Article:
As we always note, ceteris paribus (e.g., underlying fundamentals), we utilize an opportunity-focused portfolio allocation approach—one that seeks to deploy capital (both new and reinvested) with the greatest efficiency possible.
Below is a chart of our portfolio’s current yield-variance distribution—showing where we currently have opportunities to deploy new capital.
To wrap up, here are our current allocations (post trimming) by holdings, capitalization, asset type, position size, and sector:
Additionally, here are our allocations for our two sectors that include additional industry/type subsets:
As you can see, we (1) closed a number of smaller positions and (2) initiated a new position in EPR Properties (EPR). This REIT is focused on experiential properties, which fits nicely with our Carnival Cruise Lines (CCL) position and underlying thesis that folks are increasingly focused on spending their discretionary income on experiences.
The closed positions represented the remainder of our small developmental positions that simply exploded over the past nine months—before we could fully build them out.
The proceeds from the sales went into three buckets: the new EPR position, additions to current positions (where we could lower our cost basis), and our war chest (cash fund) for the public portfolio.
We hope you’ve enjoyed this month’s update on our public-view dividend growth portfolio and my always-opinionated (but usually valid and hopefully beneficial) discussion!
When setting your investing goals for the new year, remember to:
You can always view our Wicked Capital dividend growth portfolio at https://m1.finance/1zUclN2JL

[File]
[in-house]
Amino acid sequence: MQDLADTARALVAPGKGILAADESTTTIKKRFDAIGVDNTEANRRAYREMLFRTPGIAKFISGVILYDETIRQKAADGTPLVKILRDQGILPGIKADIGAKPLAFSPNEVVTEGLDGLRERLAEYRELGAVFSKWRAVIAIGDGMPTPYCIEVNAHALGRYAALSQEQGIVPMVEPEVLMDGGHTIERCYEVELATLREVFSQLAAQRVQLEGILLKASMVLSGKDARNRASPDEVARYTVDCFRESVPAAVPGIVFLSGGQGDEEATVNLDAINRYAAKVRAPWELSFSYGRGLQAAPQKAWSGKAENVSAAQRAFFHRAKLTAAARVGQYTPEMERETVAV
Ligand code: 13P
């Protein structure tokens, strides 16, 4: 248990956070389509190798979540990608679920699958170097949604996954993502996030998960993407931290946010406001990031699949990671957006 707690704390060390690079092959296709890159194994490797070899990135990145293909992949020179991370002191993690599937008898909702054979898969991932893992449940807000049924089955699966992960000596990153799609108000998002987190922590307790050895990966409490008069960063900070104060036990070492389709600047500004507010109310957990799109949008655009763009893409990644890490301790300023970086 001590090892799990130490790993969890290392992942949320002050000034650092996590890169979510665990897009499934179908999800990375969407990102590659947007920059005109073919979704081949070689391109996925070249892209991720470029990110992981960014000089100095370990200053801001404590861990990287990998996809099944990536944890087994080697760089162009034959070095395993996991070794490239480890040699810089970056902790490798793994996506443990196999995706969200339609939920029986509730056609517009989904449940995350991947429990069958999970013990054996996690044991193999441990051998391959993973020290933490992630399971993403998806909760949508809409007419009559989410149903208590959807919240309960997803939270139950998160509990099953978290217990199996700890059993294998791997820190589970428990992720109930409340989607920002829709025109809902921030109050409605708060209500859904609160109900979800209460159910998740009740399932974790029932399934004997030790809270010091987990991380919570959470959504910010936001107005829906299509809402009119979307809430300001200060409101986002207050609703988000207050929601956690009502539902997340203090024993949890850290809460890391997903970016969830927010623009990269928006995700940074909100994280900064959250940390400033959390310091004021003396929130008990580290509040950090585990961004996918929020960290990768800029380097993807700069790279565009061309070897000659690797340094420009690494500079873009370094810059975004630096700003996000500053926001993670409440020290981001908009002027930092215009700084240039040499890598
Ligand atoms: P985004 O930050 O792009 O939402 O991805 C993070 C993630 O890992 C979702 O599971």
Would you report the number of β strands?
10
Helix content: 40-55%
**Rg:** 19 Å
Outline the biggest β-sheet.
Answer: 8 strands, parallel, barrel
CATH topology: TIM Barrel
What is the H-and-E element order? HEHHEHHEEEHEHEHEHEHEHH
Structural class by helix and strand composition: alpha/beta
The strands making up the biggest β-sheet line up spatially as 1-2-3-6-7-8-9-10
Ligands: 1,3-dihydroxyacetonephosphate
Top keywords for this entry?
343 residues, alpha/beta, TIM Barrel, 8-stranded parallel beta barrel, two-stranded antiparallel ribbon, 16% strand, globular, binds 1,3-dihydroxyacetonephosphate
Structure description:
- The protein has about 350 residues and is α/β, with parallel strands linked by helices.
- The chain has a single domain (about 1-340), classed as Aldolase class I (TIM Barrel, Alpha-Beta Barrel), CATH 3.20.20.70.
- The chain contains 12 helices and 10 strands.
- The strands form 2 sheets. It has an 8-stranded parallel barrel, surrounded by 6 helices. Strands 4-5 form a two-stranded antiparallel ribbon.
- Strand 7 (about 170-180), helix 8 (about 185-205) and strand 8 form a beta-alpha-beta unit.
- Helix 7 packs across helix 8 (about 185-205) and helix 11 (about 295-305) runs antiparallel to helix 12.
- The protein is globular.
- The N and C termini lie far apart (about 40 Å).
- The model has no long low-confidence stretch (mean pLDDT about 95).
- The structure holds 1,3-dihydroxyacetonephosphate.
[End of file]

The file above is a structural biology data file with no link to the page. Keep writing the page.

If you’re interested in starting an M1 Finance portfolio, please consider using our referral link https://mbsy.co/sZVS3 and we’ll both get some free cash!
That’s just one more reason to start your dividend growth investing today! It’s never too soon to start working towards your financial freedom!
If you’re interested in dividend growth investing—you’re in the right place! We focus exclusively on helping others be as successful as possible with this approach and we hope you’ll continue to return to our site to learn, grow, sharpen your skills, and find effective and positive ideas and motivation!
Soak it all in, take and use what you want, modify it to fit your unique situation, and keep building that portfolio with a solid process and winning mindset!
Always remember, investing involves substantial risk of loss and is not suitable for everyone. The valuation of investments may fluctuate, and, as a result, you may lose substantial amounts of money. No one should make any investment decision without first consulting his or her own financial adviser and conducting his or her own research and due diligence.
You should not treat any opinion expressed on the Wicked Capital website as a specific inducement to make a particular investment or follow a particular strategy, but only as an expression of opinion for entertainment purposes.
The opinions are based upon information we consider reliable, but neither Wicked Capital nor its affiliates, partners and/or subsidiaries warrant its completeness or accuracy, and it should not be relied upon as such.
Past performance is not indicative of future results. Wicked Capital does not guarantee any specific outcome or profit. You should be aware of the real risk of loss in following any strategy or investment discussed on this website.
As noted above, strategies or investments discussed may fluctuate in price or value. Investors may get back less than invested.
Investments or strategies mentioned on this website may not be suitable for you. The material presented does not take into account your particular investment objectives, risk tolerance, financial situation, or needs and is not intended as recommendations appropriate for you. You must always make an independent decision regarding investments or strategies mentioned on this website. Before acting on information provided on this website, you should consider whether it is suitable for your particular circumstances and strongly consider seeking advice from your own licensed financial or investment adviser.